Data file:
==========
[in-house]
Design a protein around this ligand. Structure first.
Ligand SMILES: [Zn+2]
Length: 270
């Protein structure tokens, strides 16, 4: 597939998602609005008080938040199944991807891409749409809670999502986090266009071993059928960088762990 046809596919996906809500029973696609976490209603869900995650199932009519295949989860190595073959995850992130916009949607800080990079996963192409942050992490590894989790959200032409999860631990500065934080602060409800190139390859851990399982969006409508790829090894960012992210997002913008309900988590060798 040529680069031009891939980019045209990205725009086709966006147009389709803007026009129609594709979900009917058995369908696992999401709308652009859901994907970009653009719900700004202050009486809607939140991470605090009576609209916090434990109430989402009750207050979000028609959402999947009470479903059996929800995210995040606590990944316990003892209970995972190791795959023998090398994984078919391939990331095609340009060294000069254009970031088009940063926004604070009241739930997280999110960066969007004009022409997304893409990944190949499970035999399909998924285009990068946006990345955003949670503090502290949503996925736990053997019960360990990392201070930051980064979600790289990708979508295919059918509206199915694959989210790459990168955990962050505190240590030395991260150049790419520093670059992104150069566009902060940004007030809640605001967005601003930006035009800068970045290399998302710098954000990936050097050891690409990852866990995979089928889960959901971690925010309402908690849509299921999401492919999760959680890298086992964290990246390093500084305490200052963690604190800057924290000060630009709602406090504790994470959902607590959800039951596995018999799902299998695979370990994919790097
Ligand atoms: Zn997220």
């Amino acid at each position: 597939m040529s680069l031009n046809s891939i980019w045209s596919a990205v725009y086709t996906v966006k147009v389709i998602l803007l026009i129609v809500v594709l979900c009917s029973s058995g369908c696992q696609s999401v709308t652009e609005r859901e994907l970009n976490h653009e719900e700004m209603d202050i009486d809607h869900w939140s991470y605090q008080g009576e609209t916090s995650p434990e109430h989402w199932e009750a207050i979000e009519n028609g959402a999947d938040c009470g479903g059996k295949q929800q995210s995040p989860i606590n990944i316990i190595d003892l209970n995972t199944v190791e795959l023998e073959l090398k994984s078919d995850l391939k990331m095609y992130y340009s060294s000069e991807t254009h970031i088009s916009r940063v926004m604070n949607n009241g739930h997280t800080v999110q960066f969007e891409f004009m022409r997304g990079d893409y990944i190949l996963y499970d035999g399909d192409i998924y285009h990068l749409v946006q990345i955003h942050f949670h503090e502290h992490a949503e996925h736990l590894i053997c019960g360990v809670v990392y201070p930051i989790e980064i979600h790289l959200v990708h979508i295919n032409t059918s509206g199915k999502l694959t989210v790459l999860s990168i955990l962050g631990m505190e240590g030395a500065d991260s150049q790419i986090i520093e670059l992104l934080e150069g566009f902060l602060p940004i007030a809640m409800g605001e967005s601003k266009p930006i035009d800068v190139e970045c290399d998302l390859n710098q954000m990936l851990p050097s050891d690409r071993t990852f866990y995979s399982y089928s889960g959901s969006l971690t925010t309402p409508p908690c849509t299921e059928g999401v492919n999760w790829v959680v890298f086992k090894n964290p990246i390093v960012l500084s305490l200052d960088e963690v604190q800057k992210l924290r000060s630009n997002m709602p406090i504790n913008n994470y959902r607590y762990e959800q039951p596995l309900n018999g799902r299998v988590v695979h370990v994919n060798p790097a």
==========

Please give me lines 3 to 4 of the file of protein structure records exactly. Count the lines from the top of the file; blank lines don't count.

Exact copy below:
Ligand SMILES: [Zn+2]
Length: 270